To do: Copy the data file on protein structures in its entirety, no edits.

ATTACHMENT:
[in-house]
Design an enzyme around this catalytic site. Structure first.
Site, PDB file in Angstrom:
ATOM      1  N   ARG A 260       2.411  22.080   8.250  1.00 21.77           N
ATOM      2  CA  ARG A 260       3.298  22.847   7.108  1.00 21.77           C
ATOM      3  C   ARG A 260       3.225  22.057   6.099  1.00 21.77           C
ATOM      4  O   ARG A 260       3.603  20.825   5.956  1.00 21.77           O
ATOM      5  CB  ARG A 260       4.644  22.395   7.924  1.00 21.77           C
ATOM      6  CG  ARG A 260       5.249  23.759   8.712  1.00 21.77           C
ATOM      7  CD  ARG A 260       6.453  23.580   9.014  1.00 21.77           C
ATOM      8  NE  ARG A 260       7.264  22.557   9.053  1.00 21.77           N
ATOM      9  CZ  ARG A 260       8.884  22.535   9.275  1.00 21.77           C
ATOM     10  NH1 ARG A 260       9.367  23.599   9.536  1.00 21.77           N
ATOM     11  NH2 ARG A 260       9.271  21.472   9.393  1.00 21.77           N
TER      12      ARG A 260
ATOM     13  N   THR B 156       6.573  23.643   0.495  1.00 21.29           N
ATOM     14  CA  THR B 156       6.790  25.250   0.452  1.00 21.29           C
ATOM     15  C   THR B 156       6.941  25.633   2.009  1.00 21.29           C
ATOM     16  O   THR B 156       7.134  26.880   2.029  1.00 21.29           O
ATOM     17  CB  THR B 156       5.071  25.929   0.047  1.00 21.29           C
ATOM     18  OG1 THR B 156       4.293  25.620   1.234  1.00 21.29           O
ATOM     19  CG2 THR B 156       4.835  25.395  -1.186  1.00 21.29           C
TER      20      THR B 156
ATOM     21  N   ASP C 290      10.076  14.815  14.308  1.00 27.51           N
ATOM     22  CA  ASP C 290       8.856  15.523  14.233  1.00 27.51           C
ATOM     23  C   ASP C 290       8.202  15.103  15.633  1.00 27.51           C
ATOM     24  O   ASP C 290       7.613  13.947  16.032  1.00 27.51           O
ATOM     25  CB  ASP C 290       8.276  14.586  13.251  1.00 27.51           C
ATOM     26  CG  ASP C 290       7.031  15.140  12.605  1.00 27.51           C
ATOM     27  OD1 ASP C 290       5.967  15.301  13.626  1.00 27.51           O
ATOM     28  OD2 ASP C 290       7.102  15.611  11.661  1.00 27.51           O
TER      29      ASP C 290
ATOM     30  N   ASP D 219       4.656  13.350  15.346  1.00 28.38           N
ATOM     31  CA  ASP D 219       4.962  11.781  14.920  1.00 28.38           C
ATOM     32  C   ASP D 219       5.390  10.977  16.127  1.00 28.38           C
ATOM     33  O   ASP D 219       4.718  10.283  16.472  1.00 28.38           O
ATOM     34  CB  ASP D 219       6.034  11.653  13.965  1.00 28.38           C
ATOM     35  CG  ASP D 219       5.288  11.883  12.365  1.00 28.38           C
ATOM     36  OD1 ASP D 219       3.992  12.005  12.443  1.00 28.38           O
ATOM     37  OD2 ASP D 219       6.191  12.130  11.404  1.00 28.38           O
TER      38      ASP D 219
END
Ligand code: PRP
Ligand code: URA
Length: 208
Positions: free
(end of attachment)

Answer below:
[in-house]
Design an enzyme around this catalytic site. Structure first.
Site, PDB file in Angstrom:
ATOM      1  N   ARG A 260       2.411  22.080   8.250  1.00 21.77           N
ATOM      2  CA  ARG A 260       3.298  22.847   7.108  1.00 21.77           C
ATOM      3  C   ARG A 260       3.225  22.057   6.099  1.00 21.77           C
ATOM      4  O   ARG A 260       3.603  20.825   5.956  1.00 21.77           O
ATOM      5  CB  ARG A 260       4.644  22.395   7.924  1.00 21.77           C
ATOM      6  CG  ARG A 260       5.249  23.759   8.712  1.00 21.77           C
ATOM      7  CD  ARG A 260       6.453  23.580   9.014  1.00 21.77           C
ATOM      8  NE  ARG A 260       7.264  22.557   9.053  1.00 21.77           N
ATOM      9  CZ  ARG A 260       8.884  22.535   9.275  1.00 21.77           C
ATOM     10  NH1 ARG A 260       9.367  23.599   9.536  1.00 21.77           N
ATOM     11  NH2 ARG A 260       9.271  21.472   9.393  1.00 21.77           N
TER      12      ARG A 260
ATOM     13  N   THR B 156       6.573  23.643   0.495  1.00 21.29           N
ATOM     14  CA  THR B 156       6.790  25.250   0.452  1.00 21.29           C
ATOM     15  C   THR B 156       6.941  25.633   2.009  1.00 21.29           C
ATOM     16  O   THR B 156       7.134  26.880   2.029  1.00 21.29           O
ATOM     17  CB  THR B 156       5.071  25.929   0.047  1.00 21.29           C
ATOM     18  OG1 THR B 156       4.293  25.620   1.234  1.00 21.29           O
ATOM     19  CG2 THR B 156       4.835  25.395  -1.186  1.00 21.29           C
TER      20      THR B 156
ATOM     21  N   ASP C 290      10.076  14.815  14.308  1.00 27.51           N
ATOM     22  CA  ASP C 290       8.856  15.523  14.233  1.00 27.51           C
ATOM     23  C   ASP C 290       8.202  15.103  15.633  1.00 27.51           C
ATOM     24  O   ASP C 290       7.613  13.947  16.032  1.00 27.51           O
ATOM     25  CB  ASP C 290       8.276  14.586  13.251  1.00 27.51           C
ATOM     26  CG  ASP C 290       7.031  15.140  12.605  1.00 27.51           C
ATOM     27  OD1 ASP C 290       5.967  15.301  13.626  1.00 27.51           O
ATOM     28  OD2 ASP C 290       7.102  15.611  11.661  1.00 27.51           O
TER      29      ASP C 290
ATOM     30  N   ASP D 219       4.656  13.350  15.346  1.00 28.38           N
ATOM     31  CA  ASP D 219       4.962  11.781  14.920  1.00 28.38           C
ATOM     32  C   ASP D 219       5.390  10.977  16.127  1.00 28.38           C
ATOM     33  O   ASP D 219       4.718  10.283  16.472  1.00 28.38           O
ATOM     34  CB  ASP D 219       6.034  11.653  13.965  1.00 28.38           C
ATOM     35  CG  ASP D 219       5.288  11.883  12.365  1.00 28.38           C
ATOM     36  OD1 ASP D 219       3.992  12.005  12.443  1.00 28.38           O
ATOM     37  OD2 ASP D 219       6.191  12.130  11.404  1.00 28.38           O
TER      38      ASP D 219
END
Ligand code: PRP
Ligand code: URA
Length: 208
Positions: free